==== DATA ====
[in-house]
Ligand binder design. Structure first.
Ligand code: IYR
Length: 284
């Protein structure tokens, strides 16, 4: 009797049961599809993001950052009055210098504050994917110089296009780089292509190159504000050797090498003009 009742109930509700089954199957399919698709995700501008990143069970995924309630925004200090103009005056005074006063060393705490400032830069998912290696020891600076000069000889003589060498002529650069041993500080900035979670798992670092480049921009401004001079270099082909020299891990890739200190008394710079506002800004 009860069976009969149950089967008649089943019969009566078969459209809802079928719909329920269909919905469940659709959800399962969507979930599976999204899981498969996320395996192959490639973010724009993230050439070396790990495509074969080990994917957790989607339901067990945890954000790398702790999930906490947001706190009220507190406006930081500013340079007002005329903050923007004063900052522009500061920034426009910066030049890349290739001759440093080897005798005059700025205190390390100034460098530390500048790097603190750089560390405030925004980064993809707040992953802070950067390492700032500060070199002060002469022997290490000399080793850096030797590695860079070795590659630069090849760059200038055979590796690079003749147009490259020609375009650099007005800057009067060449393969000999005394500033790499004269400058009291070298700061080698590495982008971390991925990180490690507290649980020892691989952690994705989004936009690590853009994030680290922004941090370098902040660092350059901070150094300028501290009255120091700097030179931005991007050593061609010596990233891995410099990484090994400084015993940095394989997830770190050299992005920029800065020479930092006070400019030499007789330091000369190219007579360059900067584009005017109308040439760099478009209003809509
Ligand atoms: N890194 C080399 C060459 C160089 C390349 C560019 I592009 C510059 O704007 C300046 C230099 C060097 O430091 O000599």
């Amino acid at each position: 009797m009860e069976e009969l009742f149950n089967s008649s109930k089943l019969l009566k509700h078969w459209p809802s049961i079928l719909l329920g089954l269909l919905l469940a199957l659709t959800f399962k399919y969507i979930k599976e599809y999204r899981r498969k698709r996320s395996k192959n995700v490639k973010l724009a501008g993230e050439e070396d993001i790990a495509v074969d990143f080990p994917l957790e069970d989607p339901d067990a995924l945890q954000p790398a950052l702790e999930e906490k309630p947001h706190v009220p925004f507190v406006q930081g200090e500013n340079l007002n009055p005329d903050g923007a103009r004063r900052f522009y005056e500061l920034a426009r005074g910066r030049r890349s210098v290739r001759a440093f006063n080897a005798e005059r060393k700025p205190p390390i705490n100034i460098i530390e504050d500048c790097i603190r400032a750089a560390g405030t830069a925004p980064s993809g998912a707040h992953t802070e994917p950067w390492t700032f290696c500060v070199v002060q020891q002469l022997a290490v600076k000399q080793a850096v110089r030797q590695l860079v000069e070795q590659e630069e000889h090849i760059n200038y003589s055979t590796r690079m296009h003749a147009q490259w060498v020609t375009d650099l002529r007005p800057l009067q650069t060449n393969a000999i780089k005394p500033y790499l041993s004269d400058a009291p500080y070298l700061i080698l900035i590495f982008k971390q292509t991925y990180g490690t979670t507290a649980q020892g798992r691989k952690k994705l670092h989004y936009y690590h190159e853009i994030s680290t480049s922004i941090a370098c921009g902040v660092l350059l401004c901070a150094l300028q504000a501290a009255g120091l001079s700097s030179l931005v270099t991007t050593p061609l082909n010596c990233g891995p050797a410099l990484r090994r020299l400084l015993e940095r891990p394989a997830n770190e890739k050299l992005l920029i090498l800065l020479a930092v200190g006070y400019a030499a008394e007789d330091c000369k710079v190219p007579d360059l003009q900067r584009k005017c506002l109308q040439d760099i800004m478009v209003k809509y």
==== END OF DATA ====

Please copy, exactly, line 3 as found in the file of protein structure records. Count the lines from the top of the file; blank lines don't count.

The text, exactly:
Ligand code: IYR